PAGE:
More than 60,000 cannabis convictions in Los Angeles County are set to be overturned, thanks to computer algorithms.
California passed the Adult Use of Marijuana Act (AUMA), also known as Prop 64, in 2016. As a result, folks over 21 years of age can legally grow and consume the devil's lettuce for recreational use in the US west coast state, and possess up to 28.5 grams at any one time, with caveats.
Crucially, in 2018, after ganja was decriminalized, a law was passed in California that allowed people's weed-related convictions to be scrubbed. Specifically, the legislation, AB 1793, required the state's Department of Justice to identify cases eligible for dismissal that the courts can automatically process. Prosecutors have until July this year to challenge any of the requests to erase a conviction.
As you can imagine, that's a lot of past convictions to crunch through: an estimated 220,000. And here’s where the computer algorithms come in. Code for America, a San-Francisco-based software-building non-profit, created and handed over tools – Clear My Record, and Implementation Blueprint – to manage all of this to all California counties at no cost.
Here's how it works. First, justice department lawyers feed people's prosecution files into the software. Algorithms analyse the records looking for specific information, such as the amount of cannabis possessed at the time of arrest, to decide if a conviction is eligible for expungement. Next, the software automatically fills out the forms to be filed to the courts to vanish the convictions. Thousands of convictions can be studied, and forms populated, in minutes.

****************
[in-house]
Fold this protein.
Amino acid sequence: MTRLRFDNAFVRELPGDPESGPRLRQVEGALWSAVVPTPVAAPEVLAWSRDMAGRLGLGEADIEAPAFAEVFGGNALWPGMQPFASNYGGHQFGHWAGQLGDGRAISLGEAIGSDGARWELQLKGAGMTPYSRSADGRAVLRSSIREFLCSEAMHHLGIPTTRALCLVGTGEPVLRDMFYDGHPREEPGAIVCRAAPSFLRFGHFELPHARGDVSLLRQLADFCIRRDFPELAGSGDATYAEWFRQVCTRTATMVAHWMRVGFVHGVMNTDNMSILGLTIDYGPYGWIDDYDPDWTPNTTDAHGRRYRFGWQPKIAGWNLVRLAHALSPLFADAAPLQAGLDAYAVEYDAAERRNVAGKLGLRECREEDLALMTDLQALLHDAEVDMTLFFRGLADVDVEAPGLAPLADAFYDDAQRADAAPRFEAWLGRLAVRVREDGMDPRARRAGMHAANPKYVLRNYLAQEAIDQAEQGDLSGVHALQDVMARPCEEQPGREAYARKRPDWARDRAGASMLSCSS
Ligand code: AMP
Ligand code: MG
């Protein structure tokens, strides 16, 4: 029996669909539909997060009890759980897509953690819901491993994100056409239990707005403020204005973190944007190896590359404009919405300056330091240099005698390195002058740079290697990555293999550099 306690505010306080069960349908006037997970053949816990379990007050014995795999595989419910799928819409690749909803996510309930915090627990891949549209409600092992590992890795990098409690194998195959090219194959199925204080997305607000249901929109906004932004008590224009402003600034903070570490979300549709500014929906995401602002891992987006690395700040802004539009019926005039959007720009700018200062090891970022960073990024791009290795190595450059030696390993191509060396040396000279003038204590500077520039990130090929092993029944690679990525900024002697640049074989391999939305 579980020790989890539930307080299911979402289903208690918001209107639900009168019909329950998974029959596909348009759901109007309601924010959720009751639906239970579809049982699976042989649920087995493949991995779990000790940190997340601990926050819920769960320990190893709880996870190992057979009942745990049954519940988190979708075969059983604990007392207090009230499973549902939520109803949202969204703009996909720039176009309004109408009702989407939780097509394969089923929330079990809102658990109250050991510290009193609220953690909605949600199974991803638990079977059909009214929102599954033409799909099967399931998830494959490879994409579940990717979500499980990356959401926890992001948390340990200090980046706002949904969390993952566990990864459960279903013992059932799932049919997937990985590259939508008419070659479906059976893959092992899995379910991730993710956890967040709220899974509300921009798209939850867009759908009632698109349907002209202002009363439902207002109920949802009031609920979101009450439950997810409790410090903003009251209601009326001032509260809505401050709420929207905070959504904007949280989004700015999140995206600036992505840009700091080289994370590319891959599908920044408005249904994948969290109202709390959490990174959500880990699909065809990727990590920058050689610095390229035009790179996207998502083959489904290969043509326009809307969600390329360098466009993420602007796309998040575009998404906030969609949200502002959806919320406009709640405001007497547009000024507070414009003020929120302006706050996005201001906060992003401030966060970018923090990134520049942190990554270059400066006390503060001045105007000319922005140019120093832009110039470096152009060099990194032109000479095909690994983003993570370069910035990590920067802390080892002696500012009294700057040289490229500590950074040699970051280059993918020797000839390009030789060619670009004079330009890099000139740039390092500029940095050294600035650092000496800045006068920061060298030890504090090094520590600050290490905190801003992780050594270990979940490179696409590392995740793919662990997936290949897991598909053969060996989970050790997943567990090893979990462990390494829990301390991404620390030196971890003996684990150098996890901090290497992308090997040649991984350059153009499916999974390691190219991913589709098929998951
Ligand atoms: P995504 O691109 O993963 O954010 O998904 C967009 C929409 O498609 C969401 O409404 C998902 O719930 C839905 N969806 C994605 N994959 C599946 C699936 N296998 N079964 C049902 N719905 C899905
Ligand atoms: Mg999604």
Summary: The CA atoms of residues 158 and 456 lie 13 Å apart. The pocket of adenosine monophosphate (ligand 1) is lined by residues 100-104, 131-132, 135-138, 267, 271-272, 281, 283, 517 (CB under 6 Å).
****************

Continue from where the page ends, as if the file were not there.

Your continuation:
Now, a Los Angeles Superior Court judge is expected to remove 62,000 felony cannabis convictions in the county – some dating as far back as 1961 – highlighted and filed by prosecutors using the software. Los Angeles County District Attorney Jackie Lacey also said she would request the dismissal of 4,000 misdemeanor cannabis possession cases.
That’s a total of 66,000 eligible cases in and around LA, and more may yet be forthcoming.
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“The dismissal of tens of thousands of old cannabis-related convictions in Los Angeles County will bring much-needed relief to communities of color that disproportionately suffered the unjust consequences of our nation’s drug laws,” said Jackie Lacey.
“This is a clear demonstration that automatic record clearance is possible at scale and can help to right the wrongs of the failed war on drugs,” said Evonne Silva, the senior program director of criminal justice at Code for America.
Last month, Contra Costa County wiped 3,264 weed convictions with the help of Code of America’s tools. Other Californian counties, such as San Francisco, Sacramento, San Joaquin have also taken part a pilot of Clear My Record, and are expected to dismiss more than 80,000 convictions. ®